- The Washington Times - Tuesday, November 2, 2021

Virginia Democrats are turning out Tuesday to vote for Terry McAuliffe but some are holding their nose as they cast their ballot for the former governor.

Voters in the Democratic stronghold of northern Virginia said they were not excited about Mr. McAuliffe but turned out to support the Democratic Party.

Arlington Democratic Party volunteer Justin Boadner, 23, was standing outside of a polling place encouraging people to vote for the party. He said he’s seen support fueled by more of an anti-Trump sentiment than excitement for Mr. McAuliffe.

“They’re not really supporting our candidates,” Mr. Boadner said. “It’s more of a fear of Trumpism or having someone that supports Donald Trump in office, but they’re hating our candidate.”

He cited as an example a female voter who expressed a negative view of Mr. McAuliffe‘s candidacy as she came out of the polling station.

“I had one lady come and say ‘I voted for the Democrats, but seriously Terry McAuliffe?’ Mr. Boadner recalled. “It’s a little concerning to many Democrats.”

SEE ALSO: McAuliffe, Youngkin scramble for votes in homestretch of Virginia’s neck-and-neck gubernatorial race

Mr. McAuliffe is neck-and-neck for the governorship with Republican Glenn Youngkin.

McAuliffe voters also expressed worn-out enthusiasm over Democrats on the national stage, which is also reflected in President Biden’s sinking approval rating.

Mr. McAuliffe, who served as governor from 2014 to 2018, hurt his standing with suburban voters with comments about limiting parents’ input in public schools.

In his final campaign rally, which was held in heavily Democratic Fairfax County on Monday, Mr. McAuliffe drew a crowd of just a few hundred.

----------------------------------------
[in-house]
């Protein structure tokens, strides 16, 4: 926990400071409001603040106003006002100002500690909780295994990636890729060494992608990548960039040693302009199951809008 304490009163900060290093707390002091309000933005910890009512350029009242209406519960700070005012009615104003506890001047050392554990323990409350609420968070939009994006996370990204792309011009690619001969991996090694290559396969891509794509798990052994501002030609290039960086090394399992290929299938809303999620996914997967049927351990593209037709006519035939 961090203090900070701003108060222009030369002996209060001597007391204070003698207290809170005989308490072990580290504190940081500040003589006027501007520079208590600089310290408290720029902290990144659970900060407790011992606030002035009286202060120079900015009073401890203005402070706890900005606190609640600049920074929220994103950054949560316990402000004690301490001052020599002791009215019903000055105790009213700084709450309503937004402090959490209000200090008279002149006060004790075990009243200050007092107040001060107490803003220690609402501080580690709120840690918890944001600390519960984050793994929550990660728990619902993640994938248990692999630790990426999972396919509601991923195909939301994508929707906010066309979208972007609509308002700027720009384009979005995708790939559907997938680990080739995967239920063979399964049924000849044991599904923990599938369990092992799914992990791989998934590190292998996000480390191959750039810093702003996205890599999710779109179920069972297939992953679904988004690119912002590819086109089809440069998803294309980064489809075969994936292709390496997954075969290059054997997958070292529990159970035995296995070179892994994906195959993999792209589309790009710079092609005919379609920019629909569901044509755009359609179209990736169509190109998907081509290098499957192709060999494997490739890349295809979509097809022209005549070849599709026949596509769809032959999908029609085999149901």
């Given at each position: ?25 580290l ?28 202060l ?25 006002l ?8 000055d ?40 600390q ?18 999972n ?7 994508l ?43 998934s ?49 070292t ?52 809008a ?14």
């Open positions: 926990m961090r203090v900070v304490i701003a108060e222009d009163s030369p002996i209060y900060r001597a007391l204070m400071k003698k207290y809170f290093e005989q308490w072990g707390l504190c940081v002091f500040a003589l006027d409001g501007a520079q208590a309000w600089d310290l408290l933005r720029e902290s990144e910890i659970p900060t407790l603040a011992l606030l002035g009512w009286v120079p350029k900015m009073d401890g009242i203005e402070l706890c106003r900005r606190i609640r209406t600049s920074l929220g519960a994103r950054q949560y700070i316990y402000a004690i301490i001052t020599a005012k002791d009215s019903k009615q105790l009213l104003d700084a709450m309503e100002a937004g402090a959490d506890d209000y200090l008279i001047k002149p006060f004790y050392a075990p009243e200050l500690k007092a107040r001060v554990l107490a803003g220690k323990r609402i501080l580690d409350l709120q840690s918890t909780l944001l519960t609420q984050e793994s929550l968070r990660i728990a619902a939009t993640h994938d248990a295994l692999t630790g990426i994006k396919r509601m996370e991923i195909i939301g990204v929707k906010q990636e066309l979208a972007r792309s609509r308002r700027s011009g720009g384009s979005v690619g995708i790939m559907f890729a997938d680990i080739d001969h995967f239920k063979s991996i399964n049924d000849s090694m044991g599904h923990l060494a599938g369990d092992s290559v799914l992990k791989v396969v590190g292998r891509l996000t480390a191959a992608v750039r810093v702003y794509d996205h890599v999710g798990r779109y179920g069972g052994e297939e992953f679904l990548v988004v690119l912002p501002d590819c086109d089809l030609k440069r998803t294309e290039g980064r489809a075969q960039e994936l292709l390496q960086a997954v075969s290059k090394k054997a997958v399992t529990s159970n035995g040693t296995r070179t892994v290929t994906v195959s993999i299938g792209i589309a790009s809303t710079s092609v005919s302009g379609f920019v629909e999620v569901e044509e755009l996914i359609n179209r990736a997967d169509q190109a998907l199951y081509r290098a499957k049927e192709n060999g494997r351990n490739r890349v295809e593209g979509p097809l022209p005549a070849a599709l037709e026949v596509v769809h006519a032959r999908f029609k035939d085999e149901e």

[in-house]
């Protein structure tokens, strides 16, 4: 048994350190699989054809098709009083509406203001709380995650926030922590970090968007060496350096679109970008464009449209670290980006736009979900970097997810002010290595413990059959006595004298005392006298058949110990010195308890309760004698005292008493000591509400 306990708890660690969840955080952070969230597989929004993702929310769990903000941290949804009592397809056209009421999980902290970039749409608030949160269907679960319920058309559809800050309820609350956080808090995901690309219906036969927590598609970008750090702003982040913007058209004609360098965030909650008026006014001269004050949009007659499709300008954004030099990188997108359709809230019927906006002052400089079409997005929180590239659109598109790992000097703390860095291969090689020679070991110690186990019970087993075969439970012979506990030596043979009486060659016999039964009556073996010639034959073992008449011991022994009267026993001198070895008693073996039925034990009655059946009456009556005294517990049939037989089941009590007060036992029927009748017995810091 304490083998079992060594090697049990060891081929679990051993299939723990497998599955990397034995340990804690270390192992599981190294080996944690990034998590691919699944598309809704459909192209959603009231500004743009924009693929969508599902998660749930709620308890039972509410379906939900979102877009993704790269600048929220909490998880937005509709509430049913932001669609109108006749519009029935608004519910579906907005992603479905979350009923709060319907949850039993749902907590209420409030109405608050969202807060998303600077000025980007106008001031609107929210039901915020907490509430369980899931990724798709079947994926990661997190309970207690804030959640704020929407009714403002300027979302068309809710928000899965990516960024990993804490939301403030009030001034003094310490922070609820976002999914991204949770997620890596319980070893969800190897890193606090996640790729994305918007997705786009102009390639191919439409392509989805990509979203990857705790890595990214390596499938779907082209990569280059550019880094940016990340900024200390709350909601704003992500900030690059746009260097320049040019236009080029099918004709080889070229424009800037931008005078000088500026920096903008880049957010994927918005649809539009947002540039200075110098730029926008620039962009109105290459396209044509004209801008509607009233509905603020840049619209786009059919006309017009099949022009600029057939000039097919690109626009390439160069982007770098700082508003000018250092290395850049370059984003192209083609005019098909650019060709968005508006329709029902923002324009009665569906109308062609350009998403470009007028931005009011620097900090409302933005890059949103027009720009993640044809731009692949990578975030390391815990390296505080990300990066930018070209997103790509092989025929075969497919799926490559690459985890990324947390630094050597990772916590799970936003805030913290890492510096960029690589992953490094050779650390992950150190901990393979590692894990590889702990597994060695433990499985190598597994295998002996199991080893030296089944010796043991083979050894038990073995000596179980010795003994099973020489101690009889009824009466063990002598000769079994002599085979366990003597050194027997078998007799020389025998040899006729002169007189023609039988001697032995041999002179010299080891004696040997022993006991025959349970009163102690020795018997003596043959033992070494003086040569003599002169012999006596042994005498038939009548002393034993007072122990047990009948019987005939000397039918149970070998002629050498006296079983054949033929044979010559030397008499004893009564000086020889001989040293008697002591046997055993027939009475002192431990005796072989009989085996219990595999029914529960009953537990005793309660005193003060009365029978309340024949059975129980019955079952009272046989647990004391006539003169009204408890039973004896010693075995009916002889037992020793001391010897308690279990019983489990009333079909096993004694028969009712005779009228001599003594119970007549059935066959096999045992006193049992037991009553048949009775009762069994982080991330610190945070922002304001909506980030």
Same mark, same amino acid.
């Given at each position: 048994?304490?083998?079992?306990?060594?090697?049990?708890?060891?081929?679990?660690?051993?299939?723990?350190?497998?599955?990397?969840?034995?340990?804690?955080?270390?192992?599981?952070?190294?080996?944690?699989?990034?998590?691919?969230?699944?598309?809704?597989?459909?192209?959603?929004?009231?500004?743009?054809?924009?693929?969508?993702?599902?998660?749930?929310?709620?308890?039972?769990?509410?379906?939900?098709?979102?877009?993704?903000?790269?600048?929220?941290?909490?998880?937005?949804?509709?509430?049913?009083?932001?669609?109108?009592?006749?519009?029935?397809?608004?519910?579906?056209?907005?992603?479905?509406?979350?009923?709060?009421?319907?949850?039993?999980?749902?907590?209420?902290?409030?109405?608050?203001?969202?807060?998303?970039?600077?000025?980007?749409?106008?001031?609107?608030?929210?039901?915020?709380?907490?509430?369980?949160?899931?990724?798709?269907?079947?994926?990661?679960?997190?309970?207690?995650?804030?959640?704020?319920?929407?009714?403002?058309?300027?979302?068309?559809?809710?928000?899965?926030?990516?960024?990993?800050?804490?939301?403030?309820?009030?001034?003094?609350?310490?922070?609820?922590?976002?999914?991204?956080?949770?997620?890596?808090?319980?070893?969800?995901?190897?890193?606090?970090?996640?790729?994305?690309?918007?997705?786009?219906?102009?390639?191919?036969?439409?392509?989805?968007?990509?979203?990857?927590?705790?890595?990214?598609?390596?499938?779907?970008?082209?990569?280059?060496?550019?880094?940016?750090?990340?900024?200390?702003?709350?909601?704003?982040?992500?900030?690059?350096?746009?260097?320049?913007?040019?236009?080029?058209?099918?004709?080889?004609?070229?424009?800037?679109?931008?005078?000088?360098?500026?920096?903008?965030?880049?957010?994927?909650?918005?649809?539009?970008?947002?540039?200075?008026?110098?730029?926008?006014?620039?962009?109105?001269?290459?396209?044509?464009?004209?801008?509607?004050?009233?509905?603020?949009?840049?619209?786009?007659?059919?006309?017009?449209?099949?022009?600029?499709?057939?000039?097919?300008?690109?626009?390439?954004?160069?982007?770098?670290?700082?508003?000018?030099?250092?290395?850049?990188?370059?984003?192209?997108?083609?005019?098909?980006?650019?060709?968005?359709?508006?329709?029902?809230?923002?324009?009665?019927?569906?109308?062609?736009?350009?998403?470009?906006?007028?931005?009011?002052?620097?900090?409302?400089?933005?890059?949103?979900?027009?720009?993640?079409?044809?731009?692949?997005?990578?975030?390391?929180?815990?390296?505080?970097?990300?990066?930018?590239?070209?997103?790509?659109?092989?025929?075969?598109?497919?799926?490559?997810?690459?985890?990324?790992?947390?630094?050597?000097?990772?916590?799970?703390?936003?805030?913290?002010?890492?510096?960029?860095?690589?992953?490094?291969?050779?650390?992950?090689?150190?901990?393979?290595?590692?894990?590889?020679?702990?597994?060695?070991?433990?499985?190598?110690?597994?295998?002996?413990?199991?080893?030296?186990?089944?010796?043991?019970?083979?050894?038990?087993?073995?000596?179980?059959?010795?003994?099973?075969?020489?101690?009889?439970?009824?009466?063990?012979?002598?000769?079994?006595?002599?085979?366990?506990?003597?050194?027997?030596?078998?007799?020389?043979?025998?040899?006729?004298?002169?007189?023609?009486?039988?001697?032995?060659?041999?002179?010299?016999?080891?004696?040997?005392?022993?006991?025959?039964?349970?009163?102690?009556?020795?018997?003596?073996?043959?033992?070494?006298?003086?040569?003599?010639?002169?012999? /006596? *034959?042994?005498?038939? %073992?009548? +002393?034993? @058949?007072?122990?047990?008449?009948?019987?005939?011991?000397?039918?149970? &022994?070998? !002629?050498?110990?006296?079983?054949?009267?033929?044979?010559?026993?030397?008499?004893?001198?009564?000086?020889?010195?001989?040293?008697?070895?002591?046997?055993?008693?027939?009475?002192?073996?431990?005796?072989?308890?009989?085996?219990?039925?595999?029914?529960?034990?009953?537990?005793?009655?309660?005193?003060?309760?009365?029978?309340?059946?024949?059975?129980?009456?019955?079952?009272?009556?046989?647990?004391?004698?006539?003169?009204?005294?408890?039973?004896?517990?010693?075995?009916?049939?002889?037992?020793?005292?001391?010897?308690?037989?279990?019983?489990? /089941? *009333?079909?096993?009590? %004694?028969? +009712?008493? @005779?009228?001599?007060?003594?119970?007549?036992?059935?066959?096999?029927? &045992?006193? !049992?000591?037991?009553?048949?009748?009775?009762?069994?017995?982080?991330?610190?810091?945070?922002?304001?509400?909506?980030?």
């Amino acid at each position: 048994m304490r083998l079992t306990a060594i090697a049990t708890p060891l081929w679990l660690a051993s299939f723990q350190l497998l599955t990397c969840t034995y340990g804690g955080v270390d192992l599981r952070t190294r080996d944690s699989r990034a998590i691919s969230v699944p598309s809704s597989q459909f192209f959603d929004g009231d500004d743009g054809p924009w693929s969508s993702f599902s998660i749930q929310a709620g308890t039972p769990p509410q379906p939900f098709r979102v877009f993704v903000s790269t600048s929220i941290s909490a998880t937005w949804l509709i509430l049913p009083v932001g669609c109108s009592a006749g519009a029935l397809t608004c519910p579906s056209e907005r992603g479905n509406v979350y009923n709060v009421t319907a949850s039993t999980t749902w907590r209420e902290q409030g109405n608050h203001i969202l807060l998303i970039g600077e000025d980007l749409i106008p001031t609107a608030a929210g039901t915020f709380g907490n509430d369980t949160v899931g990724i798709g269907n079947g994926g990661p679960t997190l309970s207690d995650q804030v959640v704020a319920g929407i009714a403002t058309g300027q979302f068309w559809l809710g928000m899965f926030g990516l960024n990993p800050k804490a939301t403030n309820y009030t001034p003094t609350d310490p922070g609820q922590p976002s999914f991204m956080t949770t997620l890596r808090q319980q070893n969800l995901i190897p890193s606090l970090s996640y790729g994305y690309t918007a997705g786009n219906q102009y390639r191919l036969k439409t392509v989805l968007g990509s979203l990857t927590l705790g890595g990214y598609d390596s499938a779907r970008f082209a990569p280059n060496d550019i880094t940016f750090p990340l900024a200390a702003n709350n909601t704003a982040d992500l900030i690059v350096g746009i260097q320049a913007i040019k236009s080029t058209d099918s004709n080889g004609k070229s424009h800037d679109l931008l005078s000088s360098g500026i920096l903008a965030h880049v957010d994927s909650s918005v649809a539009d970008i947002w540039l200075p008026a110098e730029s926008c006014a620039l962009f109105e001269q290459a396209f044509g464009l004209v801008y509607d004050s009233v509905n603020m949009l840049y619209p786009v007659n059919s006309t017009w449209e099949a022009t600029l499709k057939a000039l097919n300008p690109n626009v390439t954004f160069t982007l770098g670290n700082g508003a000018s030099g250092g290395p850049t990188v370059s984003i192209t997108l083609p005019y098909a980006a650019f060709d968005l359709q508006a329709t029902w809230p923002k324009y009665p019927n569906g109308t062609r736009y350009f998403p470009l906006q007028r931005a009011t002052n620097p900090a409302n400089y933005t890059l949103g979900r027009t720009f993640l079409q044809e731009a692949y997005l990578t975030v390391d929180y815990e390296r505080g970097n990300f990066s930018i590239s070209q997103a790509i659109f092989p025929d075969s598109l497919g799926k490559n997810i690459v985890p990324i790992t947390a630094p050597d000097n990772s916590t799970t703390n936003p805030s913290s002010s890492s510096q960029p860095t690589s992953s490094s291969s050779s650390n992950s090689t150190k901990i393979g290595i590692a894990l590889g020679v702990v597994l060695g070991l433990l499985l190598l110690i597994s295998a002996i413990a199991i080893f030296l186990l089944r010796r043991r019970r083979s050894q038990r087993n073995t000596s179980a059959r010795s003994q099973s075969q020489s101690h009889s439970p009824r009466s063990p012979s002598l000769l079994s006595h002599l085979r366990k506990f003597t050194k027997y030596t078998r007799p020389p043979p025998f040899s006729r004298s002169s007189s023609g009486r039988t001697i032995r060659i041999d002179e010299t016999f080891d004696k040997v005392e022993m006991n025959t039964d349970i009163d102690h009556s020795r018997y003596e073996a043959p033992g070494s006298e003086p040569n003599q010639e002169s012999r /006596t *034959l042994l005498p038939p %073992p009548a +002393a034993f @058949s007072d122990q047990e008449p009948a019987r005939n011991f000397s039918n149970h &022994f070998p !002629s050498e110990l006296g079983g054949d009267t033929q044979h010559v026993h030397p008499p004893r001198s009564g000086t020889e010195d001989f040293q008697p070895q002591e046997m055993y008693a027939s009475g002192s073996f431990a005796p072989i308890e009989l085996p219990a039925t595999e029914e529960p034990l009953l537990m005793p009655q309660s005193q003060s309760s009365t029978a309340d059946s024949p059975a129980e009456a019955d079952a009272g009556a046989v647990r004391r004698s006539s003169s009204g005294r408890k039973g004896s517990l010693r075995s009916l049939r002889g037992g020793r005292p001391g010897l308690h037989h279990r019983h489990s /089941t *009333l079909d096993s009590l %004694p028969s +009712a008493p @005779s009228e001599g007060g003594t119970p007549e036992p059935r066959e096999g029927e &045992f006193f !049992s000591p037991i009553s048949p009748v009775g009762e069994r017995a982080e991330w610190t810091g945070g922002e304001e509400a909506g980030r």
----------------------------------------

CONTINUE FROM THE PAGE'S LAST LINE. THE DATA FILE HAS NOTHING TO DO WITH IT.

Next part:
“I’m seeing that people want him to win as a Democrat,” said Alice Gordezky, 69, of Arlington. She added that Democrats in Washington, along with Mr. Biden, have made it difficult to rally support for Mr. McAuliffe in Virginia.

“It’s so hard, and at this point, sadly, [Mr. Biden’s] approval rating is the lowest it’s been,” Ms. Gordezky said.

SEE ALSO: After a year of election integrity doubts, voters in Va. and N.J. say they trust the system

Jadyn Marks, 23, of Arlington, said she planned to vote for the Democratic ticket but did not feel strongly about Mr. McAuliffe.

Ms. Marks, who is a law student at Georgetown University, said she wants to see more progressive candidates running rather than centrist ones like Mr. McAuliffe has painted himself to be.

“I have kind of mixed feelings on the Democratic Party as a whole. I think it’s too centrist for me,” she said.

Mr. McAuliffe spent the last weeks of his campaign bringing in prominent Democrats to help shore up enthusiasm among his base and enhance turnout.

The Democrat expressed his pleas to voters on Monday to get them to turn out for him on Election Day.

“Folks, I need you. Tomorrow’s the big day,” Mr. McAuliffe told his supporters. “Do not sleep for 24 hours.”

In a fundraising email sent out Tuesday, the McAuliffe campaign acknowledged the razor closeness of the election.

“If we don’t see that turnout, it’s over,” the email read. “Glenn Youngkin will be Virginia’s next governor and everything we’ve fought for will be gone, just like that.”

• Mica Soellner can be reached at msoellner@washingtontimes.com.

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